Hilary Mantel’s Bring Up the Bodies seems to be the odds on favorite, although if I were a judge, my vote would go to Tan Twang Eng, for his The Garden of Evening Mists, a work of historical fiction set in colonial Malaya and post-colonial Malaysia. Mr. Eng elegance of style in his writing is highly reminiscent to previous Booker winners, Kazuo Ishiguro and John Banville.
If Ms. Mantel wins once again this year, it will be the fourth consecutive Prize winner to have novels set in London, either past or present. Her 2009 novel, Wolf Hall, as Bring Up the Bodies, is a depiction of the life and times of Henry the Eighth in sixteenth century London. Both Howard Jacobson’s The Finkler Question (2010) and Julian Barne’s The Sense of an Ending (2011) have contemporary London settings.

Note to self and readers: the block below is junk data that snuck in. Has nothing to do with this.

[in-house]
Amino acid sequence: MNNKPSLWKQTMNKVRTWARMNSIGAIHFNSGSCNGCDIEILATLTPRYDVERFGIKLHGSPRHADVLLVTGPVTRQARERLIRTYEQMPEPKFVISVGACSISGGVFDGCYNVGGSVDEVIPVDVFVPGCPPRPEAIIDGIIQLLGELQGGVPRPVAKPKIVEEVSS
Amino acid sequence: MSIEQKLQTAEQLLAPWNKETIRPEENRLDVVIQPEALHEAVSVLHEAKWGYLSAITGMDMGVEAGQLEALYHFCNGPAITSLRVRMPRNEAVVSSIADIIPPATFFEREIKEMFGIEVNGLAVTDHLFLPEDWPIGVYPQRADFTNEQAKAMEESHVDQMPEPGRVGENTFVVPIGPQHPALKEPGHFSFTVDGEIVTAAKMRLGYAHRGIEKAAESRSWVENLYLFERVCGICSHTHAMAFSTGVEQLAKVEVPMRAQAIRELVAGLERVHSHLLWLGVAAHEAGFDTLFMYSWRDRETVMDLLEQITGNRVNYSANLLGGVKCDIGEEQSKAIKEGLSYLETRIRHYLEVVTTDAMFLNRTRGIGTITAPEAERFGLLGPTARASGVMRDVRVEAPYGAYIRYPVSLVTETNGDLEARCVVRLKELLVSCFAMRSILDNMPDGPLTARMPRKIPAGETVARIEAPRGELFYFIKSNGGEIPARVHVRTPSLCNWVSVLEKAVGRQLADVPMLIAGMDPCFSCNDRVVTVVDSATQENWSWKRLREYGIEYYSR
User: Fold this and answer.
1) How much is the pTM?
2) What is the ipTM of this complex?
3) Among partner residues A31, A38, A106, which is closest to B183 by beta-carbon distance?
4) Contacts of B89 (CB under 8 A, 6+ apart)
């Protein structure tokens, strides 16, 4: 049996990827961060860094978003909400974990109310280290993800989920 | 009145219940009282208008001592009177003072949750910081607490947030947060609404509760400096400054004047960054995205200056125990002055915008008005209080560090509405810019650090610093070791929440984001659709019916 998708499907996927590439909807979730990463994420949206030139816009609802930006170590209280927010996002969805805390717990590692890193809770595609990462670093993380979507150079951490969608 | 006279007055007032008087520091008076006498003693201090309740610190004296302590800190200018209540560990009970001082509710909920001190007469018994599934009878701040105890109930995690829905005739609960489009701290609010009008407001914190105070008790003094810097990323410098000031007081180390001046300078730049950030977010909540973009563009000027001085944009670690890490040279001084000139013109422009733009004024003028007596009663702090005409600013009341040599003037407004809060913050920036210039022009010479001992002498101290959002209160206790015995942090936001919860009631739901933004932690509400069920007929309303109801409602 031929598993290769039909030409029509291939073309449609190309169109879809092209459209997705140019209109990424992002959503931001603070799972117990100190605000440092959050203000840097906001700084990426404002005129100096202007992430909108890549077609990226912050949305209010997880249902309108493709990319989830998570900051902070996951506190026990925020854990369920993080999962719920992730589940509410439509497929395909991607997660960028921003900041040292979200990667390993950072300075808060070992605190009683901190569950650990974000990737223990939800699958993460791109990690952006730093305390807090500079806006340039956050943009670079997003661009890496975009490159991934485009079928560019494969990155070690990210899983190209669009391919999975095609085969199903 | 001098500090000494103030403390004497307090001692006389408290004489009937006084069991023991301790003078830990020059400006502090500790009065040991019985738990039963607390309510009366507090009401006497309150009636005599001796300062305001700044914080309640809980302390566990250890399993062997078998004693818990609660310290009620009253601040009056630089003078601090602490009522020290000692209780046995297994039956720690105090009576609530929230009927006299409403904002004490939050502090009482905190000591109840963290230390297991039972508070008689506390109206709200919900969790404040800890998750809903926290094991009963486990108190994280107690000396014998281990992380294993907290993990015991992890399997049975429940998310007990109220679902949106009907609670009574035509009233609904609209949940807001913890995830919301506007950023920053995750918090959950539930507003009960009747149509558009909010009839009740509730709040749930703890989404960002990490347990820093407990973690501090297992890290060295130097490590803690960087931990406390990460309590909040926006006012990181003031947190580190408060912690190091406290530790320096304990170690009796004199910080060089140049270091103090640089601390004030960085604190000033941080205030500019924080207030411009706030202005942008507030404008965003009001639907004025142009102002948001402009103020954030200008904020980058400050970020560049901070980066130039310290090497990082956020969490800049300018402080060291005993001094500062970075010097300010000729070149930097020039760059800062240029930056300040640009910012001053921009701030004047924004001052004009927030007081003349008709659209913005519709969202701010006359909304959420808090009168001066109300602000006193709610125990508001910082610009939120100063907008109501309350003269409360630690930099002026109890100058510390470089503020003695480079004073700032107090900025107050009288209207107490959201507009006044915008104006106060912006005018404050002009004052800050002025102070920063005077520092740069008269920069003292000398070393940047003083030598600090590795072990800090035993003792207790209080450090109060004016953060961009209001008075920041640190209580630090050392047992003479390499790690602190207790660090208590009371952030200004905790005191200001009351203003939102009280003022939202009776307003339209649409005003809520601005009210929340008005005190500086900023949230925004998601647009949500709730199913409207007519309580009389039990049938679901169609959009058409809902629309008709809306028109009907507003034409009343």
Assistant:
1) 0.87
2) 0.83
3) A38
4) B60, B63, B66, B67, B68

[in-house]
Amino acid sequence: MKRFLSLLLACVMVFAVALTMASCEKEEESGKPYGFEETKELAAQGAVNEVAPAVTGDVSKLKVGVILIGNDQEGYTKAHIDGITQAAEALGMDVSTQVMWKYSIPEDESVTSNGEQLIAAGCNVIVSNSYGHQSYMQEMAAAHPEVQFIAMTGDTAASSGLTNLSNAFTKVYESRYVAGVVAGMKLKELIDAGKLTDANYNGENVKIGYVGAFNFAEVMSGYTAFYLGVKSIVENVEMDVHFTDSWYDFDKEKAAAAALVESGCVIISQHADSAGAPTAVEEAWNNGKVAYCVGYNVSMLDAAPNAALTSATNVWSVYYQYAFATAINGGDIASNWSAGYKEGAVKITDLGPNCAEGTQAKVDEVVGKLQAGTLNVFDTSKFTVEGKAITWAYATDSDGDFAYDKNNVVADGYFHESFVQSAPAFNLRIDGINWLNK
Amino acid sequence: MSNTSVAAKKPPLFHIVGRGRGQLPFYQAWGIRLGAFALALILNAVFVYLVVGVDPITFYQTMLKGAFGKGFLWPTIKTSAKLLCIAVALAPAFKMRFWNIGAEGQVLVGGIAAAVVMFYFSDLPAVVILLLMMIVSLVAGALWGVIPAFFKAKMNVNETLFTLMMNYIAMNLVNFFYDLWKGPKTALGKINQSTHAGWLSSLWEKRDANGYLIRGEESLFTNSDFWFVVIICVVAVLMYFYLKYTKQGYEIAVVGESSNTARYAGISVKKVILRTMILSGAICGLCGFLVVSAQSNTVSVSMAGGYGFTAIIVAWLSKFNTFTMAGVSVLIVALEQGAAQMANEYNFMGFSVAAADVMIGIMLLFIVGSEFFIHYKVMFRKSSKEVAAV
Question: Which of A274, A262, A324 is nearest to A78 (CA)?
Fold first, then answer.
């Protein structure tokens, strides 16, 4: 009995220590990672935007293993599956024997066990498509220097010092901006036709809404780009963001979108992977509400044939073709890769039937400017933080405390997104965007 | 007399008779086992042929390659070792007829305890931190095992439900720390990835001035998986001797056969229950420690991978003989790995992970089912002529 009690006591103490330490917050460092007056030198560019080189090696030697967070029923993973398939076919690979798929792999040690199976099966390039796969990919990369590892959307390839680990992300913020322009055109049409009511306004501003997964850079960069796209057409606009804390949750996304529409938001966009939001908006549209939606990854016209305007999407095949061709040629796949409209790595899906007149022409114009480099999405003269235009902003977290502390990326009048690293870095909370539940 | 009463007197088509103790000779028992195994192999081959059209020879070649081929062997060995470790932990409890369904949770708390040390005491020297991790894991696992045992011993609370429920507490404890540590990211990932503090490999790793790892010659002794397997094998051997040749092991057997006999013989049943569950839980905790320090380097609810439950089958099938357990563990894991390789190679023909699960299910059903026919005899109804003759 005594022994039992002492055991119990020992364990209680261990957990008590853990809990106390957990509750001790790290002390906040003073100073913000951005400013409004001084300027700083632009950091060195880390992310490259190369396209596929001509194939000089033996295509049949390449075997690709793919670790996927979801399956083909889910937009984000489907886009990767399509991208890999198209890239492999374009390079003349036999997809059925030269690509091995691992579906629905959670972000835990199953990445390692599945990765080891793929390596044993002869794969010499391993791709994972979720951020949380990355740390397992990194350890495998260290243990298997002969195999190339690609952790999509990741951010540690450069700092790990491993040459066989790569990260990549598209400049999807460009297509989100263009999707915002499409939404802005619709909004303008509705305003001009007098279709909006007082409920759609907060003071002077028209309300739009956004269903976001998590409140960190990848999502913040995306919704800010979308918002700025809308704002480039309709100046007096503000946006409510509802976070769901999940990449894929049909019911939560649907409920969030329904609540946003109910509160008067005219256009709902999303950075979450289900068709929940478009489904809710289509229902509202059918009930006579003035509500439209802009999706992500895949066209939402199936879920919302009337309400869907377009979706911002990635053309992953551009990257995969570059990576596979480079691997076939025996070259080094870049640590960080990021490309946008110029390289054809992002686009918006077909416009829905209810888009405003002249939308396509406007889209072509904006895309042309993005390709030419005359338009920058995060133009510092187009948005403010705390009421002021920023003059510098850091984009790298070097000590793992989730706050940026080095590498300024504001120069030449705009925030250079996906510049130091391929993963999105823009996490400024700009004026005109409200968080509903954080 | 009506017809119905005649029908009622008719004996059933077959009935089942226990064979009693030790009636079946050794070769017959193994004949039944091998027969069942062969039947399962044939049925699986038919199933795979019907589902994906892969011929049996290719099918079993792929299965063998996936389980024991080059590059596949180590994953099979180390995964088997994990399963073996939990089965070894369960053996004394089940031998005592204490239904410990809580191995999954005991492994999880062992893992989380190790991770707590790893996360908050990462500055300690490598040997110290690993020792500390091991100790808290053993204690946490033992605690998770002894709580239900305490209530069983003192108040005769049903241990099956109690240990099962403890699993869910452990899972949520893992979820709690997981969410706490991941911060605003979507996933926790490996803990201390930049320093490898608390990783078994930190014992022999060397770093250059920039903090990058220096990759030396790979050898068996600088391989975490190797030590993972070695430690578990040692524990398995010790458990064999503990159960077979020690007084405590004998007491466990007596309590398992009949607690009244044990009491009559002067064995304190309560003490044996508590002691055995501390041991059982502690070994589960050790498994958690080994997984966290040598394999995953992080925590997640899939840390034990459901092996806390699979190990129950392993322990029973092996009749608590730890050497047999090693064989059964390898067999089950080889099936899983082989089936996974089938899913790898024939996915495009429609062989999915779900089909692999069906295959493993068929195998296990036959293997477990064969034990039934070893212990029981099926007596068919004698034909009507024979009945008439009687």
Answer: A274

The intention of the founders of the Booker Prize was to make the literary competition as diverse as Britain and its former Empire. Of the first ten Booker winners, seven had colonial and post-colonial themes. I believe it is important this year to consider diversity as a major criterion in the selection of the winner. I fear that if Ms. Mantel wins once again, it will reinforce the recent perception that the Booker winning circle has become the domain of an English “good old boys and girls club.”